The Benefits of Puzzles for All Ages

Family Doing a Puzzle

There are few toys and games that have stood the test of time in the same way that puzzles have. No matter your age, you likely remember playing with puzzles as a toddler or child. And with the varieties of puzzles out there, from wooden puzzles, jigsaw puzzles, tangram puzzles, or even “brain teaser” puzzles, there is something for everyone. It’s important to consider the benefits of puzzles at each stage of life, from kids learning their names to seniors keeping their minds sharp.

Infants and Toddlers

As you may expect, puzzles are infinitely beneficial to infants and toddlers. For this age group, they should be playing with puzzles designed for their age group – mainly puzzles with big pieces to avoid them being a choking hazard. Larger pieces are also helpful for infants and toddlers to work on their dexterity and fine motor skills by holding the pieces and putting them in the puzzle. For this age, the puzzles should be relatively simple also in terms of content. They may be simple shapes, bright colors, or even basic letters and words. Infants and toddlers may not be ready to recognize and vocalize letters yet, but playing with these puzzles will help them with pattern matching and fine motor skills mentioned previously. 


Child Doing a Puzzle


Parents should work on expanding the puzzles that they offer once their children move past the toddler age group. Puzzles with words, colors, shapes, or everyday objects can help children with advanced pattern recognition. Experts consistently rank pattern recognition as a crucial skill for overall intelligence. Another benefit of puzzles at this age is learning letters, words, and the child’s name. Here at Hollow Woodworks, we specialize in making names into puzzles – either as a traditional wooden puzzle, a name train, or our signature puzzle stools with the child’s name on the step of the stool. Children successfully learning their names, letters, colors, and numbers early on will benefit them inside of school and out, and these skills can all be worked on through puzzles. 


Finding activities for “tweens” (ages 9 to 12) and teens (13 to 18) that don’t involve screens and digital aspects is all the rage right now. With these age groups constantly being on devices for school, activities, with their friends, and in their free time, many parents seek out traditional activities that don’t involve a screen to keep some variety in the kid’s life and rest their eyes. Many types can be a perfect fit. The puzzles can be education-based, like color and letter puzzles are for young children, but more advanced. Parents might look for puzzles mapped to practice naming states, capitals, or countries. Puzzles could also be pictures of famous places that can garner a historical discussion. In the end, tweens and teens can benefit from doing puzzles simply as a fun, relaxing non-digital activity.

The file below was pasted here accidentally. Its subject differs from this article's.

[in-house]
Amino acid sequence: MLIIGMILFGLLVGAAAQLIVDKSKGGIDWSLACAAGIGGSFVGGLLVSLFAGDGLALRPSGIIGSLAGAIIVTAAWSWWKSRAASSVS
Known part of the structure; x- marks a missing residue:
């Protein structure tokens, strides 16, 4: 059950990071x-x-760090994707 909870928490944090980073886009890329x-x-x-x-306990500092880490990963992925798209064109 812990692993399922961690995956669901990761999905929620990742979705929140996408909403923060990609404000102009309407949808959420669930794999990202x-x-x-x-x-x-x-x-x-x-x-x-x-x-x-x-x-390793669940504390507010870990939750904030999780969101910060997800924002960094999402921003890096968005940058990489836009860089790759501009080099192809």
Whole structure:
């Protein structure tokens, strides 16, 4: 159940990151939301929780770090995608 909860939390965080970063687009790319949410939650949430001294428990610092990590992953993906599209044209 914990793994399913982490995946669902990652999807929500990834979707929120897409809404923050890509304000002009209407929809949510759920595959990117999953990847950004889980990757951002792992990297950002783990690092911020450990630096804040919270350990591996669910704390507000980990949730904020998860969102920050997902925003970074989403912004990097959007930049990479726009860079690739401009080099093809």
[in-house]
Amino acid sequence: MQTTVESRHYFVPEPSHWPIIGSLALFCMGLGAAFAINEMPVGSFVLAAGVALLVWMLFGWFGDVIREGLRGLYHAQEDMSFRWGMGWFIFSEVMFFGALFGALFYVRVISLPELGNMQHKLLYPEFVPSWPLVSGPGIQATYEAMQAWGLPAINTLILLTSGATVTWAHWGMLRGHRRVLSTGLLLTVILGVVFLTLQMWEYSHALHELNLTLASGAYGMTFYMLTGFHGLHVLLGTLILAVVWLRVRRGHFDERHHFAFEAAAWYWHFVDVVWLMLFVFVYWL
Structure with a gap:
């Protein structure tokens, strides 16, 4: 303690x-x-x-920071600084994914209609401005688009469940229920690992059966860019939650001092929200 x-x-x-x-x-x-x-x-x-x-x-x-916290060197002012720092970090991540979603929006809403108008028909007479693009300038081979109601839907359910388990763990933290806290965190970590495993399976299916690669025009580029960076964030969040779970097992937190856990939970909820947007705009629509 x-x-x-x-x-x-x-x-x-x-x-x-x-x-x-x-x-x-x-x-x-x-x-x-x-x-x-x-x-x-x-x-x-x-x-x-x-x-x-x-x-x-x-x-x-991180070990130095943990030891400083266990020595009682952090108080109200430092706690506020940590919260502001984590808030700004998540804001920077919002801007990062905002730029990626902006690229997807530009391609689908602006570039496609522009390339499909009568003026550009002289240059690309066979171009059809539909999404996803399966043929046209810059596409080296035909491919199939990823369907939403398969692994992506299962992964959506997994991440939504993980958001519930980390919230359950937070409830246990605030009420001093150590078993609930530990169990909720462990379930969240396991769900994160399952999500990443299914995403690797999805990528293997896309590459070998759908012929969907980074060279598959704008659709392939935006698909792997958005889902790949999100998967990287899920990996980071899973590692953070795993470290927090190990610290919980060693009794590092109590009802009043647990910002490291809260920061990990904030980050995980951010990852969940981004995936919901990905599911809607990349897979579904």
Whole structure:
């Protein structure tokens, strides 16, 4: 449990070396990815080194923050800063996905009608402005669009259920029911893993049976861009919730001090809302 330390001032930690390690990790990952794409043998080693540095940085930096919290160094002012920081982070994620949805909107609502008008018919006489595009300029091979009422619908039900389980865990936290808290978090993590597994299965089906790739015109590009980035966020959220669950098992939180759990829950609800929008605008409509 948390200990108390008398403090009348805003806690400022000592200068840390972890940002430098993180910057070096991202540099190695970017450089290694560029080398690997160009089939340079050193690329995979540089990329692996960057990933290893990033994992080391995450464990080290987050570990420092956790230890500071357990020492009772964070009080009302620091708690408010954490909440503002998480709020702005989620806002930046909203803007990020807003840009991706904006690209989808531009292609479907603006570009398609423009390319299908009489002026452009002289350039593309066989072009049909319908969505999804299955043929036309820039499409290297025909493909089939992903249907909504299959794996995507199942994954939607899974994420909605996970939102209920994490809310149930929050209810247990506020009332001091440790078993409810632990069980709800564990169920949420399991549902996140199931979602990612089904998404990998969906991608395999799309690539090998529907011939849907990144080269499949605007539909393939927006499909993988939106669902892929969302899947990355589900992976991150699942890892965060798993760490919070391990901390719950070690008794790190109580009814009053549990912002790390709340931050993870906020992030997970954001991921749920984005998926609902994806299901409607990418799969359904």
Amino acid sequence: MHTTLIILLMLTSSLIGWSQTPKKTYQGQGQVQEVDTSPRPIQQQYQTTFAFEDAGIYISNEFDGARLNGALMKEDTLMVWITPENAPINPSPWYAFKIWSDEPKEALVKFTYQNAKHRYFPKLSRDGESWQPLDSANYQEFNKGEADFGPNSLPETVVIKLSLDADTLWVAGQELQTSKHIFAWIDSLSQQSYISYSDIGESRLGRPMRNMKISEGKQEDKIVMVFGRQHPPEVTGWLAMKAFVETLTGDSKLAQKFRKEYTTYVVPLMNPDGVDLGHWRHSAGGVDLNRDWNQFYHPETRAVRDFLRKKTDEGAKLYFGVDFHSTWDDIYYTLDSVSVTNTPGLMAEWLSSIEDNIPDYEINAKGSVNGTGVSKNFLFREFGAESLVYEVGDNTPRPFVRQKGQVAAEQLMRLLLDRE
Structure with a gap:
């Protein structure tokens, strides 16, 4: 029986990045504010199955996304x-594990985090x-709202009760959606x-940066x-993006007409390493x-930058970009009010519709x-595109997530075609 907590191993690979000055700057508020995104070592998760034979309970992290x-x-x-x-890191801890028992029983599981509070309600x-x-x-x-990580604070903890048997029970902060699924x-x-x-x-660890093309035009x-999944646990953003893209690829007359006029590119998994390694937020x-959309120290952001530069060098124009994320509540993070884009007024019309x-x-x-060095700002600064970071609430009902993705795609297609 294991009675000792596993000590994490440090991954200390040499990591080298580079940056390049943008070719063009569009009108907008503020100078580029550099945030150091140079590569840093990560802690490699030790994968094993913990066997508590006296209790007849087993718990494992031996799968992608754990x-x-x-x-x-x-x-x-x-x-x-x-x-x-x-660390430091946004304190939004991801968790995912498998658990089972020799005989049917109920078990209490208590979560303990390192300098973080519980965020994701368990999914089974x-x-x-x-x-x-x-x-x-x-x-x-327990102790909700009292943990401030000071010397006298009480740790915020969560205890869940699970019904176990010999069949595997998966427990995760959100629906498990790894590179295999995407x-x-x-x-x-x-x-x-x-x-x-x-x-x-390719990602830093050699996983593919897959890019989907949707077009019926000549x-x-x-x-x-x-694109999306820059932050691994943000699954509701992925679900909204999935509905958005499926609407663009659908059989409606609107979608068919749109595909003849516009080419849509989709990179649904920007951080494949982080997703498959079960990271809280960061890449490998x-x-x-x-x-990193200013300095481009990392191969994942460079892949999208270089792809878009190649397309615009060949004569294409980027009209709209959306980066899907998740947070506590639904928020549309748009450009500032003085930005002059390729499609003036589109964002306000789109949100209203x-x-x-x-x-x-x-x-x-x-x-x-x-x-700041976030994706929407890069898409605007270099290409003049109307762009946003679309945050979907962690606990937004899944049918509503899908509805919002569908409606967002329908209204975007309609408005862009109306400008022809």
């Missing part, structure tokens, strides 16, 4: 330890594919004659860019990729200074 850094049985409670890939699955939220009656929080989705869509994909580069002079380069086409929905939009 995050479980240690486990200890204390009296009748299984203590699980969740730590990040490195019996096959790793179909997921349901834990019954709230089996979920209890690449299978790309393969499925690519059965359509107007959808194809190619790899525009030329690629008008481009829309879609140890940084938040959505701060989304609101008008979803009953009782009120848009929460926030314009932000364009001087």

Family Doing a Puzzle


Puzzles for adults? Similar to the benefits for tweens/teens, puzzles are an excellent way to destress after a long workday. Even though puzzles are still mentally stimulating tasks and take effort from multiple parts of the brain, the nature of a puzzle is such that it should not be stressful like tasks at work or home may be. For instance, with a jigsaw puzzle, the end goal is clear: recreate the picture on the box, using the picture as a guide. For these types of puzzles, there is typically no time constraint either, which alleviates pressure. You may even consider setting up a “puzzle table” in your home and leaving a puzzle out so that you or any other family members can work on it for a few minutes each day until you finish the puzzle as a group. 


Although aging and memory loss are complex processes, studies suggest that keeping the mind active by doing physical puzzles or word/written puzzles can be helpful for seniors. Puzzles or mentally stimulating activities like crosswords, sudoku, or card games may delay the onset of dementia and other neurological conditions. They give the brain a higher “starting point” for mental decline than aging brains belonging to people who did not stimulate their brains as often. Further, seniors who may be grandparents can help the young children in their lives work through puzzles as a cognitive activity for both parties and a bonding moment. 

Now that you understand the benefit of doing puzzles at all stages of life, you can browse our selection of puzzles. We have a variety of wooden puzzles, toys, and keepsakes that you won’t want to miss. The Hollow Woodworks team has been making puzzle stools for over 37 years and has made over 350,000 puzzle stools. Contact us now!